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senate bill 5256 passes successfully!

During the 2017 legislative session, KCSARC prioritized amending the Sexual Assault Protection Order (SAPO) Act. With the help of advocates, survivors, lawmakers, and like-minded organizations, this common-sense reform was successfully passed!

On May 5, 2017 Governor Jay Inslee signed Senate Bill 5256 into law, creating equal protection for victims of sexual assault in the state of Washington.


In the news:

background on the 2017 Legislative Priority

The 2017 Legislative session starts on January 9 and is scheduled to end April 23.

KCSARC’s priority is amending the Sexual Assault Protection Order (SAPO) Act (HB 1384/SB 5256). These bills are sponsored by Representative Roger Goodman (D-45th) and Senator Joe Fain (R-47th). A SAPO is a civil order issued by the court that requires the perpetrator to stay away from the victim and place(s) that the victim frequents (home, work, school, etc.), and to have no further direct or indirect contact with the victim.

KCSARC’s analysis identified two issues which need to be changed to ensure that victims of sexual assault have better protection under the law:

1. Duration:Currently, SAPOs can only be granted for a maximum duration of two years. Two years is often an inadequate amount of time for the SAPO because the risk posed and the fear of harm may remain after that period of protection expires.  

2. Reissuance:The burden of proof for the SAPO to be reissued (after two years) is currently on the victim. The victim is required to go back to court, often facing the person who assaulted them, and re-present their case.

How HB 1384/SB 5256 will improve the current law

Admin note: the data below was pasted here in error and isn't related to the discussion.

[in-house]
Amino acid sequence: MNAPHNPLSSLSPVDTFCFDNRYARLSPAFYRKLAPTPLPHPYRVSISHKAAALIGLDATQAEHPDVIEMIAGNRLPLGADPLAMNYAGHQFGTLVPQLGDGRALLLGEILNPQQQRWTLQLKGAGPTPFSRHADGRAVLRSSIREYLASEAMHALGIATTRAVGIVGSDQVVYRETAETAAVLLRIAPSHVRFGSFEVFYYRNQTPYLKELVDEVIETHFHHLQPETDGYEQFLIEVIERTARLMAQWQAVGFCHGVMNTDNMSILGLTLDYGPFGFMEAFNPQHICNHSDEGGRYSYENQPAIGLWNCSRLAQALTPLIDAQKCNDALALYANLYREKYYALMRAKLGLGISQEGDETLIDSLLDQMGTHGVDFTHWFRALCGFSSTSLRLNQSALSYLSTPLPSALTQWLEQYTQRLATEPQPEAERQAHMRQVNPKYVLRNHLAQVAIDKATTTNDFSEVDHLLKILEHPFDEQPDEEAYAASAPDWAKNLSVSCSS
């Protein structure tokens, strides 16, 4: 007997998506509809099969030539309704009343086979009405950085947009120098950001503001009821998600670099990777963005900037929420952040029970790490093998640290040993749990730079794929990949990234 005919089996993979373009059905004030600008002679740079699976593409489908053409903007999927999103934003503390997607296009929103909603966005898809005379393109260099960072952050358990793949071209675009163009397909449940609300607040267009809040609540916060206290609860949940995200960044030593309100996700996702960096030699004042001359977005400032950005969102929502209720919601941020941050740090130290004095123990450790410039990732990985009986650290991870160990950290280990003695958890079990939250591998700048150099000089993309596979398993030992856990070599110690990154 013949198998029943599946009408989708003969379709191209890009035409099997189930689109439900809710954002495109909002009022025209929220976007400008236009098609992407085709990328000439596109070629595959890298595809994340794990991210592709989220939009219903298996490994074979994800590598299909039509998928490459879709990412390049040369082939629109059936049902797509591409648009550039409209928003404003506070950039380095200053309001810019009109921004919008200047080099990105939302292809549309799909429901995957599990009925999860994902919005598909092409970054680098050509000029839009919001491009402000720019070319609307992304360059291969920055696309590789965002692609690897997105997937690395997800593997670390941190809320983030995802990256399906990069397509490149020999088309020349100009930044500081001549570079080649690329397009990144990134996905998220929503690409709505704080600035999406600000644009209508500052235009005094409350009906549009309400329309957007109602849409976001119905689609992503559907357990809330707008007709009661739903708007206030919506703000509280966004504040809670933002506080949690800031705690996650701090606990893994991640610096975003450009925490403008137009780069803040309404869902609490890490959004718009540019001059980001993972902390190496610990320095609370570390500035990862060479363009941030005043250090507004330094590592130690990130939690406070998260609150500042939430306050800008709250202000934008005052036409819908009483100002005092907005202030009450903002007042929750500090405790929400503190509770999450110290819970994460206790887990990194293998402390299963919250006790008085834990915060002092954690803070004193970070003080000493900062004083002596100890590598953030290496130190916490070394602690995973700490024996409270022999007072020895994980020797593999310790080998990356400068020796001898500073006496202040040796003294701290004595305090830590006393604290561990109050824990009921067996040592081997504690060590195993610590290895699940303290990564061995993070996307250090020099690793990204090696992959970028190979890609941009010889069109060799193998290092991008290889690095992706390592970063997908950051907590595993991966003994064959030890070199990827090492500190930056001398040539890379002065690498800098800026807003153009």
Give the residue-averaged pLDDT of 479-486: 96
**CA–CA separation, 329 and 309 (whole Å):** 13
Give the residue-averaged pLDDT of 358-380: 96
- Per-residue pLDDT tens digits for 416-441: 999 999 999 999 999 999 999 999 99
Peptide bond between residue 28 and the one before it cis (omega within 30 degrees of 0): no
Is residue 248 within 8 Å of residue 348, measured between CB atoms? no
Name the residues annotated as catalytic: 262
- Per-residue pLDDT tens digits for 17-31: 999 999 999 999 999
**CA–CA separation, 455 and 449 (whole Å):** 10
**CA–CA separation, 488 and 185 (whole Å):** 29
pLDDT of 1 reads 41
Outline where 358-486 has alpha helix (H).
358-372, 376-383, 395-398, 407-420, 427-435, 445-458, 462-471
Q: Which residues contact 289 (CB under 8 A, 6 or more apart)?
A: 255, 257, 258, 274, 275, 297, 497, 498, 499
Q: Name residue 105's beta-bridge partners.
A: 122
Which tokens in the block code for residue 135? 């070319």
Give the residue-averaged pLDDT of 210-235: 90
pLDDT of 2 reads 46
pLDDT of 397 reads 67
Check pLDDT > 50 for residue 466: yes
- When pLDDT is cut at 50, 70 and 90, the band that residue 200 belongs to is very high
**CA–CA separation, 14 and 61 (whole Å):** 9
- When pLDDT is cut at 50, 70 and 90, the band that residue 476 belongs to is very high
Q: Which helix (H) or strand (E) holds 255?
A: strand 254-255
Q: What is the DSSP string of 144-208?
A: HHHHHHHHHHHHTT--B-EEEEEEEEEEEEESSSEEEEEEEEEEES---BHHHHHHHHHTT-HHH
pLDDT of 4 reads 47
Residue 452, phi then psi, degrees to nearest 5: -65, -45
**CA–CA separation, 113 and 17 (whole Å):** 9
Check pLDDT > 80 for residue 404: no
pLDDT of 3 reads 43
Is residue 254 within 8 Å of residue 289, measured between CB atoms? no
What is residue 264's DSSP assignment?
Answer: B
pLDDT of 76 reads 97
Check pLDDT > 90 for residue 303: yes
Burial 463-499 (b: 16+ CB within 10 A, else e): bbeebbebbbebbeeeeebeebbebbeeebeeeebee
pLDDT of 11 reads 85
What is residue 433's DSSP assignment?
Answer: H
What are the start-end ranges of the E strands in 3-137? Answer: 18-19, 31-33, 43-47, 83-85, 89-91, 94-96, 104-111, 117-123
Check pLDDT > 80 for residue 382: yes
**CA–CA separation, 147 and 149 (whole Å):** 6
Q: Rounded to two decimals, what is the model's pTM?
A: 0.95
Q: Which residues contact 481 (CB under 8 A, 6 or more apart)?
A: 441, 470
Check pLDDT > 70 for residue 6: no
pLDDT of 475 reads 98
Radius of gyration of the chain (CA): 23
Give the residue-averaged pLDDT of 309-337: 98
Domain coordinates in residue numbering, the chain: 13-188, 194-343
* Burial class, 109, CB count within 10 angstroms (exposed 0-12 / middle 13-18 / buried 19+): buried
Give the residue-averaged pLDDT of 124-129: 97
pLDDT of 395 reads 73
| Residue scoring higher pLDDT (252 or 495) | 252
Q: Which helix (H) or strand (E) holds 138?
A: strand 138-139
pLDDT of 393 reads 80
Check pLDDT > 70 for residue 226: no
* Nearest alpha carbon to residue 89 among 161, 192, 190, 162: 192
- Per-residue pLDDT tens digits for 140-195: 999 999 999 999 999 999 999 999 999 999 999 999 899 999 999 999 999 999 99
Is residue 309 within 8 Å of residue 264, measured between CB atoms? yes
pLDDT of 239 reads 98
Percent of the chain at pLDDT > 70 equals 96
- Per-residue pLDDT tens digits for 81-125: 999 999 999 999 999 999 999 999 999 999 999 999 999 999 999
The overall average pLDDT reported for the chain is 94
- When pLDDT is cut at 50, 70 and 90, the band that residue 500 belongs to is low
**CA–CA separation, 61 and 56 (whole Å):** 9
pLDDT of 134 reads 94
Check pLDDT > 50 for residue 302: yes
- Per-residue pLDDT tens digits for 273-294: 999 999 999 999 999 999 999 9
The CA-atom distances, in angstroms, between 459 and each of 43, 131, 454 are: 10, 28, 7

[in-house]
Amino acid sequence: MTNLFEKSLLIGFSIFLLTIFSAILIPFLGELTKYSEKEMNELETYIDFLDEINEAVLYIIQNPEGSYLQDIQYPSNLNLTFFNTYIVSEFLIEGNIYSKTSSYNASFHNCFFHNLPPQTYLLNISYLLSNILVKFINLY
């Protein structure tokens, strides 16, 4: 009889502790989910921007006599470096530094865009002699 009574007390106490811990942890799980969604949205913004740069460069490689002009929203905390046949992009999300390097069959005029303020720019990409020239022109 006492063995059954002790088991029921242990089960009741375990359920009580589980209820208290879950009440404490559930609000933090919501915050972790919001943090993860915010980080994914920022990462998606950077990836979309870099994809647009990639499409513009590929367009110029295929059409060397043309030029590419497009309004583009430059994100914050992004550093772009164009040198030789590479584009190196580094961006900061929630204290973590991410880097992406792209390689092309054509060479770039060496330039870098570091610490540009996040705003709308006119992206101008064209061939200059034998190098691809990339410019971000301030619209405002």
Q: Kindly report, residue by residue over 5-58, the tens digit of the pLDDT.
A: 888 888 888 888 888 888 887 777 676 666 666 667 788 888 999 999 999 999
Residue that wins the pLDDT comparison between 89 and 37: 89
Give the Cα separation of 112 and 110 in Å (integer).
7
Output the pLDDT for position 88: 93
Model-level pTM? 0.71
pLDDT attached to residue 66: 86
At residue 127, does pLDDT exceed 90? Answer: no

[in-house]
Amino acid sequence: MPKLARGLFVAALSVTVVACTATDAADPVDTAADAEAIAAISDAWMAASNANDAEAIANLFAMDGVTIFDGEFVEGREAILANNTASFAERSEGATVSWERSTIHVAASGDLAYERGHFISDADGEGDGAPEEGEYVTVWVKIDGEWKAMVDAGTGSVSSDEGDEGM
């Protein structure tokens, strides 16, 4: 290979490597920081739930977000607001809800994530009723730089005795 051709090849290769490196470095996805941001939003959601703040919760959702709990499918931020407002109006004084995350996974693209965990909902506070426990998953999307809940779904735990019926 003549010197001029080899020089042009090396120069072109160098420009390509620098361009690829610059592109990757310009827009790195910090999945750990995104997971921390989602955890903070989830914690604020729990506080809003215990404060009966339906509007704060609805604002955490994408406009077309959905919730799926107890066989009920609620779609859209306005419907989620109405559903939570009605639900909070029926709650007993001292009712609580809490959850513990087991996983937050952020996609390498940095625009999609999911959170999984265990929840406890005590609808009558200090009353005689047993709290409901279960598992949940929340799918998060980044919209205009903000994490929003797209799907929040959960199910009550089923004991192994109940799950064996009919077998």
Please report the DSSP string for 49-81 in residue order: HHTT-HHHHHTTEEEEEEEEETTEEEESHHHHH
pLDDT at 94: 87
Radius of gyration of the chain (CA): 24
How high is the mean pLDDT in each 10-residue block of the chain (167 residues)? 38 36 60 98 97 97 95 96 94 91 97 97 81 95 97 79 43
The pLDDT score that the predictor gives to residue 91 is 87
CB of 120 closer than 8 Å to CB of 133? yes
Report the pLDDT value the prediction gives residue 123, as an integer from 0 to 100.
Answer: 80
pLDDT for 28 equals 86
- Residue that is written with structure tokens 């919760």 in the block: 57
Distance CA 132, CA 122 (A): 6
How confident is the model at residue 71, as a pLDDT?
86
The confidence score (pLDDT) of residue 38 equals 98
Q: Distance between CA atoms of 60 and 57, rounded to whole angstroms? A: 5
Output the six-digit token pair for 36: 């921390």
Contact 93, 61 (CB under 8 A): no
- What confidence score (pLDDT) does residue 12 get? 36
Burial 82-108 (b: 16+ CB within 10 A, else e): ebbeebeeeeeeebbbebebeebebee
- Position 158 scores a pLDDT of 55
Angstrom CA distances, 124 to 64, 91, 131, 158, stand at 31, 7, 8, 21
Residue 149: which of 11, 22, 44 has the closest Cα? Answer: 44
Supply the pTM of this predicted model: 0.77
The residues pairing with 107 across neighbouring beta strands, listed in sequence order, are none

This bill modifies the duration and burden of proof on reissuance elements of the SAPO statute. This will bring SAPOs in line with other Washington protection orders, affording the same protections to sexual assault victims as those granted to victims of domestic violence, stalking, or harassment. Judges will have discretion to grant a SAPO for any length of time, up to permanent, rather than the limit of two years. Additionally, the burden of proof on reissuance will be on the respondent to prove the SAPO is not needed, rather than on the victim to prove that it is.

Why this is important
The experience of Z, a high school freshman, illustrates both the value of a SAPO and the current challenges in securing this protection.

Z was a freshman in high school. She was raped by a classmate who was in the same grade and in many of her classes. After the assault, she was unable to eat, sleep, or focus in class. She continued to see her attacker at school on a daily basis and was frightened of being anywhere near him.

Her parents decided to file for a Sexual Assault Protection Order on her behalf which would prohibit the attacker from contacting her. This “no contact” was particularly important as criminal charges were not filed by the prosecutor, meaning the SAPO provided the only protection. In order to obtain the SAPO, Z filed a petition with very detailed, graphic, and personal information about the assault. Two weeks later she appeared in court for a full hearing. Her attacker was also present at the five-hour long hearing.

During the hearing, she testified and was cross-examined about the assault and her behavior before and after the attack. The SAPO was granted; however, the judge could only grant it for a maximum of two years under the current law. She will have to go back to court at least one more time during her high school career and participate in this process again in order to get the SAPO renewed. It’s a daunting prospect for Z, but the SAPO does provide protection and some comfort. At this point she believes she will file again.

In this situation, the proposed amendments would have given the court discretion to grant the SAPO for a longer duration (e.g. for four years while Z and the attacker attend high school), providing some peace of mind for Z and her family.  

Who supports this bill?
Organizations such as the Washington Coalition of Sexual Assault ProgramsLegal VoiceWashington Association of Prosecuting Attorneys (WAPA), and the Washington State Association for Justice (WSAJ) also support this legislation.

How you can help

  • Contact the legislative hotline (360-786-7455) to urge your legislators to vote yes on these bills.

  • Contact your legislators to express your support. Find your legislator here.

  • Express your opinion and inform your friends on social media. KCSARC will offer Facebook posts regularly throughout the legislative session to make this easy for you to do. Follow us at: